In the News: Microschooling in IdahoBy Nicole Brown -
In a new Manhattan Institute issue brief—the first of a four-part series on microschooling—HCM senior affiliate Jocelyn Pickford and K-12 director Duncan Robb examine Idaho’s evolving experiences with microschools, which offer much of the flexibility and autonomy of homeschool along with many of the pedagogical and social benefits of traditional school.
Pickford and Robb define microschools (also sometimes known as learning pods) as a small group of students from several families taught by one or a few dedicated educators. This option gives parents a say in scheduling, curriculum, and instructional strategy while also providing students with a skilled educator. The policy priorities of microschool parents differ from those of homeschoolers. While many homeschool parents are skeptical of any state aid under the assumption that public funds will come with strings attached, microschooling parents are typically used to accessing public school services and thus more likely to welcome it.
Lawmakers in Idaho recently considered two different options for funding microschools during their 2021 session. House Bill 294 would have granted more education scholarships or grants to provide parents with more flexible education spending. Opponents feared the funds would take away from school districts, so this “outside-the-system” approach, like its predecessors, failed. Instead, the Idaho legislature went with an “inside-the-system” option and, in May of 2021, Governor Brad Little signed Senate Bill 1046 into law. The bill allows a school district and a group of parents to come together to create an “innovation classroom” located within a traditional public school. With this agreement, families are able to create a small learning community wherein their children learn from a specific teacher using their chosen curriculum, while remaining part of the public school district and thus able to participate in extracurricular activities and receive eligible supports. For states looking for ways to give families more of a say in what and how students learn, Idaho’s solution provides an exciting case study.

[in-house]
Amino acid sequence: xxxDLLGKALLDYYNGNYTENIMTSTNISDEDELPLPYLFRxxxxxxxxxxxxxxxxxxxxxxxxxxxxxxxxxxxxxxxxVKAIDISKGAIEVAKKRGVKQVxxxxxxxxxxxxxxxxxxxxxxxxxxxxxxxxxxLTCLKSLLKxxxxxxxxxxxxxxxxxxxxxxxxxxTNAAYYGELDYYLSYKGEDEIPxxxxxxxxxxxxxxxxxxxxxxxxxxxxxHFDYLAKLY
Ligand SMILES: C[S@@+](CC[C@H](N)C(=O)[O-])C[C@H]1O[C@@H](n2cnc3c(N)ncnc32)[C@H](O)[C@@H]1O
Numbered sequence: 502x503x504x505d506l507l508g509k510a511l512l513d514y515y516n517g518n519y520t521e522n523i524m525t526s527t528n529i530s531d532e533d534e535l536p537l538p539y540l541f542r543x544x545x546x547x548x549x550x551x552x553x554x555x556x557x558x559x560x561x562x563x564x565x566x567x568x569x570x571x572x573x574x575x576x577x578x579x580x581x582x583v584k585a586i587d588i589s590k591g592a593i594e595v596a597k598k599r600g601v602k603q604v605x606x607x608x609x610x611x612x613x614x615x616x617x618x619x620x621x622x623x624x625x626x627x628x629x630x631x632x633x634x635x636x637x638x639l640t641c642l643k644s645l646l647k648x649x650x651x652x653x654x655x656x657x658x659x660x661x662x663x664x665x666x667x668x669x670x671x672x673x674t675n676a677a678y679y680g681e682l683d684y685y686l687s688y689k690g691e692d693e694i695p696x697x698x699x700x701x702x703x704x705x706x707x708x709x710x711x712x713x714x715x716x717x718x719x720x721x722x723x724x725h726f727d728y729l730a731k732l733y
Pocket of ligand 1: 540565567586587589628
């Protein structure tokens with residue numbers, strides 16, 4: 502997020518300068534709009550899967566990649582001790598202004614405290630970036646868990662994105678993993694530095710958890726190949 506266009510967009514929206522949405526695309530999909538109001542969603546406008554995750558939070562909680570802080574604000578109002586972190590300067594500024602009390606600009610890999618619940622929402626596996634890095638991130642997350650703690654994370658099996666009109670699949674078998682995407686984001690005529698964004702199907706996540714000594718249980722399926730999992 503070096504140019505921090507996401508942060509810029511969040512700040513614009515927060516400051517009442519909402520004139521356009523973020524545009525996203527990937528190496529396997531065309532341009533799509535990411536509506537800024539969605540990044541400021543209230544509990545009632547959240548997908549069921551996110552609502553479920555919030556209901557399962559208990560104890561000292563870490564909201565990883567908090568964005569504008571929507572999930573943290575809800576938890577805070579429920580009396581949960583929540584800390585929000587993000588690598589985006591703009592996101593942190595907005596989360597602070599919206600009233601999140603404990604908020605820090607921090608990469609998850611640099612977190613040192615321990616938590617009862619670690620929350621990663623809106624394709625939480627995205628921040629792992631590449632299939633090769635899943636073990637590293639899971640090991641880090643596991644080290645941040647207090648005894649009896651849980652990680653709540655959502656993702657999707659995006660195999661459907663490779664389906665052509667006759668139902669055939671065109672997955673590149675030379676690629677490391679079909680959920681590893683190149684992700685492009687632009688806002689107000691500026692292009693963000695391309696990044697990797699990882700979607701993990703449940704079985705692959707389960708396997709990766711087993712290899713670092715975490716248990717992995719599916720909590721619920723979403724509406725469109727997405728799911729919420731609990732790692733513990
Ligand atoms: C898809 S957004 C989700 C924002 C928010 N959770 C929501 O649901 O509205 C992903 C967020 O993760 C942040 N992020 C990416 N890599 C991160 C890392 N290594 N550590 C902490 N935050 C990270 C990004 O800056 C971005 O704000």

To read the full brief, click here: Microschooling in Idaho: Using Policy to Scale a New Type of Small-School Environment.
- Interview with the John Locke Foundation
- Idaho Statesman: Innovation Classrooms Provide New Path for Public Education
- Carolina Journal: Jocelyn Pickford and Duncan Robb assess Manhattan Institute report on microschooling in Idaho
- IdahoEDnews.org: Microschools have popped up in Idaho, but in unknown numbers